What bulbs do well in mild winter areas of California?

davissue_zone9(z9 Sunset 14)January 1, 2013

Due to the mild winters throughout a large portion of California, certain popular bulbs in other parts of the country do poorly here. But on the bright side, we can leave in the ground many bulb species that would never make it through a New England winter!

Tulips: Unfortunately the hybrid commercial tulips like the Darwins and Triumphs are poorly adapted here and need special treatment to bloom well. Tulips should be purchased as soon as offered in early September, then stored in the refrigerator (NOT the freezer) until the weather cools off in late October or early November. Without this chilling, the plants will emerge stunted, and the flower stem will not elongate, resulting in the flower blooming down in the base of the leaves. Try to get the bulbs into the ground within a half hour of removing from the refigerator, DON"T leave them sitting in the sun for a few hours while you are digging your holes, that will undo a lot of the artificial chilling. Plant deeply, about nine or ten inches down. After blooming the tulips will break up into several smaller bulbs that will not bloom next year, and these never seem to grow on to flowering size. Thus tulips are considered an annual, and are replanted fresh every year. Because of this it is best to shop around to get the best price on bulbs, since you are only going to get one flower from each bulb. The large home improvement stores are generally the best source for cheap tulip bulbs. A few species tulips will naturalize here, foremost T. sylvestis, bakeri, clusiana and saxatilis.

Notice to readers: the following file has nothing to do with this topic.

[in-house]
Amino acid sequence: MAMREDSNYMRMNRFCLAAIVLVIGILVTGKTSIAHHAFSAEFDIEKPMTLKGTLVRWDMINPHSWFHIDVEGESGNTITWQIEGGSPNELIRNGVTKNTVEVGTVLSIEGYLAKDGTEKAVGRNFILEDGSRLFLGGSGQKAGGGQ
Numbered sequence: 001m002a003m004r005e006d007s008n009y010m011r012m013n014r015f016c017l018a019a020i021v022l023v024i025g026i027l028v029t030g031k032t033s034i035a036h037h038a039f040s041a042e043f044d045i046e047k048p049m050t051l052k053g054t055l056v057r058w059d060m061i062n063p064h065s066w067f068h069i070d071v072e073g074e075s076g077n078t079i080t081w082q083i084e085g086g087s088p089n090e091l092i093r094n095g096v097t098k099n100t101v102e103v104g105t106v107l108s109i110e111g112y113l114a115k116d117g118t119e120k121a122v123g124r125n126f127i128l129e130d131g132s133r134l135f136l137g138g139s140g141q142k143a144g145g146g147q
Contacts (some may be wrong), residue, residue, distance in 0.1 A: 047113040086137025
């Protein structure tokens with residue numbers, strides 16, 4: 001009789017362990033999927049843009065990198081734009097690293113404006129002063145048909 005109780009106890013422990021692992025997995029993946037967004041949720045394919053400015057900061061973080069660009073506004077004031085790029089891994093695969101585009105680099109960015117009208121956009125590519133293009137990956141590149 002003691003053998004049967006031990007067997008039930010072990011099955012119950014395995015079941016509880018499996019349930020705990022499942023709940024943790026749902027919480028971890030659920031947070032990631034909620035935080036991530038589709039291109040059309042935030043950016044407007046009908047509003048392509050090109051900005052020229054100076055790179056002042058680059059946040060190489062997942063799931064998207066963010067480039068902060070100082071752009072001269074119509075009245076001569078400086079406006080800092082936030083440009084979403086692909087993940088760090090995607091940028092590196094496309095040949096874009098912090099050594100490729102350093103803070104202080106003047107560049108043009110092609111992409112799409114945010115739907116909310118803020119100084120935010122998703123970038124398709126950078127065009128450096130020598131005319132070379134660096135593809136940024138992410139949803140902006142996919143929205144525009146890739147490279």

Daffodils: These are easy here, and come back every year. There is a common misperception that these are hurt by water during the summer. This is not true, and they will decline and eventually disappear if not given some summer watering (they will rot out, however, if planted in poorly draining heavy soil). Newbies are often surprised to see daffodils blooming in late fall. These are the Tazetta division of daffodils, the ones commonly grown for forcing indoors. The only daffodils that do not do well in California are the Poeticus division, they bloom so late in spring the weather is too warm and they don't amount to much.

Crocus: The regular hybrid crocuses are hit or miss, they will bloom, and come back for a few years, then peter out. Some of the species are good repeaters, C. tommasinianus, sieberi and ancyrensis especially.

Hyacinth: These are very similar to tulips, and the same problems apply. Buy cheap bulbs in fall, refrigerate for six to eight weeks, plant when the weather cools off. Don't expect more than one year of bloom.

Galanthus(snowdrops) Same as for tulips.

Alliums, Ipheion, Leucojum and Muscari do VERY well here, need no special treatment, and can become invasive, hard to eliminate pests, so keep and eye on them.

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